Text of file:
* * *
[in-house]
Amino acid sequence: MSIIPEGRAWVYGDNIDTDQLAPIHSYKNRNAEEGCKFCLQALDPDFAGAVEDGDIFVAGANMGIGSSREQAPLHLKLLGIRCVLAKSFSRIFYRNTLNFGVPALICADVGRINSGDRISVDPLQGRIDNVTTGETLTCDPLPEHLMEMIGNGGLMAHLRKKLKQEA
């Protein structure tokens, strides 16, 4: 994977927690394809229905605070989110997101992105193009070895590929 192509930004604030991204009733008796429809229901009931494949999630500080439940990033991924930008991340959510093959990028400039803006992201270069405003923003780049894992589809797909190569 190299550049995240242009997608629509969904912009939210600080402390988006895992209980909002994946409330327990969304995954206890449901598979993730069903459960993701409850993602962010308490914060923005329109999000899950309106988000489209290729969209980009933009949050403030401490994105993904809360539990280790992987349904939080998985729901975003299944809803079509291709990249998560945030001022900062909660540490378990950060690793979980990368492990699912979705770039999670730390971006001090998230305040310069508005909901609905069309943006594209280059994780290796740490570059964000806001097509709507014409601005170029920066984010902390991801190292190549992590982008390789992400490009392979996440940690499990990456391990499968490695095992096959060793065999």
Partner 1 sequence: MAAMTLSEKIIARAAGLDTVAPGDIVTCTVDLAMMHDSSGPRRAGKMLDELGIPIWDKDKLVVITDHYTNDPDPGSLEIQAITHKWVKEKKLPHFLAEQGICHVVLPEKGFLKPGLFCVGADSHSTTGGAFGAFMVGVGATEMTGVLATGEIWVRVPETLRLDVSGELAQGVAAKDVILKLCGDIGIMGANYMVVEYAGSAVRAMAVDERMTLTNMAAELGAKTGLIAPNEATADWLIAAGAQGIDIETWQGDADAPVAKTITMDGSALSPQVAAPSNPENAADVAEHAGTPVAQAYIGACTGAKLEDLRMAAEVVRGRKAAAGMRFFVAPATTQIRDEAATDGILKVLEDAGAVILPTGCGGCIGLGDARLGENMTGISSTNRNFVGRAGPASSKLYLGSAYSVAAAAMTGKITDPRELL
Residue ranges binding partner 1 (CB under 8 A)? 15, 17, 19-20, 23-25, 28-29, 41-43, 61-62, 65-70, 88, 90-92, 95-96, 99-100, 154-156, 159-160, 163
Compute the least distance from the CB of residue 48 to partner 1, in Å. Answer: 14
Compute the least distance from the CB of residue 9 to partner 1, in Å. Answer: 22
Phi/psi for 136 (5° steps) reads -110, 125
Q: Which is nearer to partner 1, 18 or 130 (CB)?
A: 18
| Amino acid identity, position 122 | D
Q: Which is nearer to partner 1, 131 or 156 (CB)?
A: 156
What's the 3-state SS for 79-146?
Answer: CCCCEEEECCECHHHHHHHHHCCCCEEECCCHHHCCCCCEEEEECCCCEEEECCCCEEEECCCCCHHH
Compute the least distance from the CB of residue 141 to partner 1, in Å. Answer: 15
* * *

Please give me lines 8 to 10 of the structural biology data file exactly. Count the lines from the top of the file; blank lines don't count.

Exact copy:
Phi/psi for 136 (5° steps) reads -110, 125
Q: Which is nearer to partner 1, 18 or 130 (CB)?
A: 18